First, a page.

In January, the new Committee on energy convened for the first time. The committee confirmed the need for regional collaboration on SDG7. The Committee deliberated on the trends and issues relating to affordable, reliable and sustainable energy as well as the need for increased connectivity and sustainable clean energy solutions. The inaugural Committee session also provided guidance and direction for how the Energy Committee and ESCAP’s newly formed Energy Division should function.

On the request of our member States, this year’s theme study, Regional Cooperation for Sustainable Energy in Asia and the Pacific, provides an assessment of the factors that can support sustainable energy transformation in our region. The theme study underscores that a new architecture for regional energy governance drawing on shared knowledge and experience needs to be developed. To facilitate this, the study recommends developing a regional cooperation framework on sustainable energy to enable Governments to identify pathways towards energy system transition. These pathways include strengthening governance, improving economic instruments, strengthening partnerships, mobilizing finance and investment, capitalizing on opportunities for energy connectivity and trade, promoting science, technology and innovation, and managing trade-offs. Many of these topics will be discussed at the second Asian and Pacific Energy Forum in 2018.

Last month, these strands of connectivity, namely ICT, transport and energy, together with market integration, financial cooperation and shared vulnerabilities were discussed at the High-level Dialogue on Regional Economic Cooperation and Integration. In particular, the High-Level Dialogue focused on the mutually reinforcing nature of RECI and the 2030 Agenda. Four key recommendations emerged from the dialogue:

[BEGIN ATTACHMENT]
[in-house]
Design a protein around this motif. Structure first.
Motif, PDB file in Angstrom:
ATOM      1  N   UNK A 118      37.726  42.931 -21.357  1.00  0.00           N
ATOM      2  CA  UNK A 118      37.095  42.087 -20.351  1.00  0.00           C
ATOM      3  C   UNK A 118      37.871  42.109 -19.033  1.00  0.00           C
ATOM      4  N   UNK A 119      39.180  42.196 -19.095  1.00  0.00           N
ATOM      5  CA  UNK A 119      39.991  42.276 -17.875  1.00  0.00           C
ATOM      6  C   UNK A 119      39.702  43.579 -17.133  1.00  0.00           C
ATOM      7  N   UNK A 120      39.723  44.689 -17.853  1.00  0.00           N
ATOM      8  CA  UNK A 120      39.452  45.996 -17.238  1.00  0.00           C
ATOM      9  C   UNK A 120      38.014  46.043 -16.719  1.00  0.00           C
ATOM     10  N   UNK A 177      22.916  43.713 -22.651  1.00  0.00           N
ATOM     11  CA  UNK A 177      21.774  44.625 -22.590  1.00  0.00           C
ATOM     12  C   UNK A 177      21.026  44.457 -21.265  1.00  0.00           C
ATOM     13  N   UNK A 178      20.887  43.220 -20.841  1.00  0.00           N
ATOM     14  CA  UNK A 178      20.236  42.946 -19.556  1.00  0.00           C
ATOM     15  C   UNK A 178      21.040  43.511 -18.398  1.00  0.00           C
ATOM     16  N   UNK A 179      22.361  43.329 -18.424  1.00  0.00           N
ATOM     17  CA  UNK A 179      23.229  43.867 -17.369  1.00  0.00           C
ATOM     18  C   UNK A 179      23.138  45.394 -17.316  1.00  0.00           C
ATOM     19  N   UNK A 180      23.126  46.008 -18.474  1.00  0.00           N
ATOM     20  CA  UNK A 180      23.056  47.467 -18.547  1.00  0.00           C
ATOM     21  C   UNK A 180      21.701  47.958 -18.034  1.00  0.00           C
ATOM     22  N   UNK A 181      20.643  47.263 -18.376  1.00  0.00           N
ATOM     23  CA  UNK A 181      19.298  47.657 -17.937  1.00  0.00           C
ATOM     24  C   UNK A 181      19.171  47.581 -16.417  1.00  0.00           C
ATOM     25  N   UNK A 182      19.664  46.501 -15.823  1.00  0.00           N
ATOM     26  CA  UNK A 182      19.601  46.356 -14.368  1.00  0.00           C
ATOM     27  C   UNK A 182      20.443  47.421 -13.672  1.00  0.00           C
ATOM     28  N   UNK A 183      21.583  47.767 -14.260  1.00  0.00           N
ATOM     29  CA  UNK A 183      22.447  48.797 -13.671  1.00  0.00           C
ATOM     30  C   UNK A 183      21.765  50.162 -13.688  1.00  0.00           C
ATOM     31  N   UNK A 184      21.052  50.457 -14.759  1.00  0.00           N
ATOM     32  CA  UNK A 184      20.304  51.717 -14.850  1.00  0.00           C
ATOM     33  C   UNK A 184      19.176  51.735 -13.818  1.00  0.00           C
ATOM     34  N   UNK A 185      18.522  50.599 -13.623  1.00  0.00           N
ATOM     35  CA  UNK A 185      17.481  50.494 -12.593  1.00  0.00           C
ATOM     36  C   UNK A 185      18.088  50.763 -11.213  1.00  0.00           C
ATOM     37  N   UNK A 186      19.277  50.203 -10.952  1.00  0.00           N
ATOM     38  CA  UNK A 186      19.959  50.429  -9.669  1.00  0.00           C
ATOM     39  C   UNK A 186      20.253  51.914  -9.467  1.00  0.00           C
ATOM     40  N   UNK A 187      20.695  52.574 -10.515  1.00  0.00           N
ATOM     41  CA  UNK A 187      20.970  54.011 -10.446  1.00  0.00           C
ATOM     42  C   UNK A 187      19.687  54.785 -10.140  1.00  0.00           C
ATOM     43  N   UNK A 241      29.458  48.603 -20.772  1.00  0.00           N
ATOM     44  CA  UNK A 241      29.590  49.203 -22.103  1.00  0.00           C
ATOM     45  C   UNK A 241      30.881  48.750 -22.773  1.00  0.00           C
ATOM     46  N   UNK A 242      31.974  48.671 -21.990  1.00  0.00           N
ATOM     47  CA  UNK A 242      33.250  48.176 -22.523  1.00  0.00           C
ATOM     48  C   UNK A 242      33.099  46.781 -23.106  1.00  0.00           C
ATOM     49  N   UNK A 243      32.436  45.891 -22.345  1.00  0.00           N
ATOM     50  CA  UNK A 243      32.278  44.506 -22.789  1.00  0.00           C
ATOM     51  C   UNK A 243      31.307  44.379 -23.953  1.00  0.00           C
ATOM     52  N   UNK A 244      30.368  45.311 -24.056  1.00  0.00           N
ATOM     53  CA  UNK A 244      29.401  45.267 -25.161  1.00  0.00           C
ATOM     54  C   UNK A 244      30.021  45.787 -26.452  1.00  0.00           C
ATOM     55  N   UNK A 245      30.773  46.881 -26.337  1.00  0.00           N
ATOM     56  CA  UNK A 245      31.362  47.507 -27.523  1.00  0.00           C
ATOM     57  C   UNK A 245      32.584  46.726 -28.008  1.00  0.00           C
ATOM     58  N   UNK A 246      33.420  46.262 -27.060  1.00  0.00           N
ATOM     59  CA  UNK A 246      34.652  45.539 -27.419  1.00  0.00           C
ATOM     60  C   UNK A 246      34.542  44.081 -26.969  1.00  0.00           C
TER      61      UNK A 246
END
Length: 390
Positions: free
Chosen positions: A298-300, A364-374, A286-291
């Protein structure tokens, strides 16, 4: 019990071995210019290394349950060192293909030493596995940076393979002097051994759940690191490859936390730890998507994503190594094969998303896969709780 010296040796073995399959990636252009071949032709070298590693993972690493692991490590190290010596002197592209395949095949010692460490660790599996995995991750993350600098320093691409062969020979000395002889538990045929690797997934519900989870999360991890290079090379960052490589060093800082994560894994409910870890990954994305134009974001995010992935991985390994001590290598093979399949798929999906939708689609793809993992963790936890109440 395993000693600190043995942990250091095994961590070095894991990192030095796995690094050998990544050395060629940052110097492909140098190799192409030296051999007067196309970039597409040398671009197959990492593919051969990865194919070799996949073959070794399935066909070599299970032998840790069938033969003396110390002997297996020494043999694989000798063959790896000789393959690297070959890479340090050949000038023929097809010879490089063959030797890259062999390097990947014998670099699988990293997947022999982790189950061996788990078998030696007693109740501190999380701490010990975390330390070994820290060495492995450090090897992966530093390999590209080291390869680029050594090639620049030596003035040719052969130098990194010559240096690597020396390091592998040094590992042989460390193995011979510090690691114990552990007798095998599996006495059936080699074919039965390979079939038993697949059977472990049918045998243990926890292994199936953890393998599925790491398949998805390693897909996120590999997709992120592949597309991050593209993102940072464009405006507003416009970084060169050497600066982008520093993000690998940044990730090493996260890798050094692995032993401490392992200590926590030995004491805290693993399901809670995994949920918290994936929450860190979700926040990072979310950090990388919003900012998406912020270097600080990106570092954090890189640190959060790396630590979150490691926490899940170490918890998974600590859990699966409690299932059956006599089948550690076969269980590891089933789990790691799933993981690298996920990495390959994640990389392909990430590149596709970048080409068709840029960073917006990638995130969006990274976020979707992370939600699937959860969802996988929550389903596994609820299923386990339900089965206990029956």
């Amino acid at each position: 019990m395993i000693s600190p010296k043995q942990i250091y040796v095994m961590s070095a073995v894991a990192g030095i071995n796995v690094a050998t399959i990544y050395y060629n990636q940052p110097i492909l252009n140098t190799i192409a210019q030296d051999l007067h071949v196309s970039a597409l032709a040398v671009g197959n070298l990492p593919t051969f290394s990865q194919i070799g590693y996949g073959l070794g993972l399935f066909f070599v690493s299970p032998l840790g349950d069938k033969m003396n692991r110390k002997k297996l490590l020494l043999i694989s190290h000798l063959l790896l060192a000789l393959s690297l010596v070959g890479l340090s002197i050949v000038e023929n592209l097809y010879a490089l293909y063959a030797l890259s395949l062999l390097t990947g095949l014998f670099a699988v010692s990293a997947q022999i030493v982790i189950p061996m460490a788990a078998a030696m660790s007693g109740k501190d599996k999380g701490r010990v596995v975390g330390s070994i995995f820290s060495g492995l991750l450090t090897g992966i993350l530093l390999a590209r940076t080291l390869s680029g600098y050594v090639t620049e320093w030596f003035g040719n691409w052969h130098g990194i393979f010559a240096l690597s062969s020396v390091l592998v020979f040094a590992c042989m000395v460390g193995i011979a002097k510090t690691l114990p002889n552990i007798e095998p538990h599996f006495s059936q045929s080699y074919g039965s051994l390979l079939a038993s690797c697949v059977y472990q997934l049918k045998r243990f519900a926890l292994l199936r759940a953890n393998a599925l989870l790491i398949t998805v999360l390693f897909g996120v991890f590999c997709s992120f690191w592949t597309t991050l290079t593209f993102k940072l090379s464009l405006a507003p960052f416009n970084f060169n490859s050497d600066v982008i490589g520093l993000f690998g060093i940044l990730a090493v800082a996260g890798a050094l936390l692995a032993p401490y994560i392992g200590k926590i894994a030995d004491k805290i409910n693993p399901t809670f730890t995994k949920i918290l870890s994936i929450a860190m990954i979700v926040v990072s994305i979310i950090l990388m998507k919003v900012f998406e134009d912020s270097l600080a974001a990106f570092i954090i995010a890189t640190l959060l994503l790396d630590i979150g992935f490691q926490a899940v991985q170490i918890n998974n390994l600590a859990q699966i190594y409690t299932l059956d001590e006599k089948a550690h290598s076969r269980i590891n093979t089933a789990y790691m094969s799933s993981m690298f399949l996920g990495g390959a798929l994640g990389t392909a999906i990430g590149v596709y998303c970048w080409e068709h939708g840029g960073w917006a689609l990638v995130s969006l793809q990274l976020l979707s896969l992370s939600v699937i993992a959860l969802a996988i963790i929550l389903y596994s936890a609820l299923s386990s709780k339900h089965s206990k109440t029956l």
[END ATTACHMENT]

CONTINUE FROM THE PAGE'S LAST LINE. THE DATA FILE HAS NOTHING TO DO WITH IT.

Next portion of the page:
First, to support market integration, Asia-Pacific should reduce non-tariff barriers, streamline regulatory frameworks, agree on common standards, and implement the Framework Agreement on Cross-Border Paperless Trade.

Second, seamless connectivity and integrated sustainable transport, energy and ICT infrastructure across the region must be realized.

Third, improving regional economic surveillance and crisis management capacity, deepening financial markets, and delivering innovative financing solutions to support sustainable infrastructure development will strengthen financial cooperation.

Finally, shared vulnerabilities and risks which cut across the policy spectrum must be addressed through a multi-sectoral approach to disaster risk reduction to achieve sustainable development. Regional cooperation should help countries with high risks but low capacities by providing them the opportunity to engage with other member States to find common strategies, approaches, and tools for building resilience to disasters.

Financing for Development

The Fourth High-Level Dialogue on Financing for Development, co-hosted by the Ministry of Finance of Sri Lanka, deepened our engagement in enhancing the role of public finance for sustainable development. Member States called for more broad-based discussion among policy makers, tax administrators, and relevant regional and subregional organizations to address tax challenges in the region. ESCAP was encouraged to leverage its intergovernmental mechanisms and existing platforms to facilitate such discussions.

Through our FFD platform, ESCAP has also been cross-fertilizing the experience of the role of the private sector in building resilient and sustainable infrastructure through public-private partnerships (PPPs) and in deepening and integrating capital markets. To this end, ESCAP was requested to support PPP capacity building programmes in our member States and lead an Asia-Pacific PPP Unit network to promote PPP country experience sharing.

The importance of greater financial inclusion for individuals and small and medium enterprises has also been emphasized on our FFD platform. Member States have noted that enhancing financial inclusion requires a well-designed financial regulatory framework which balances the objectives of increasing access to finance and maintaining financial stability. To this end, ESCAP has been requested to set up a working group to advance financial inclusion in the region.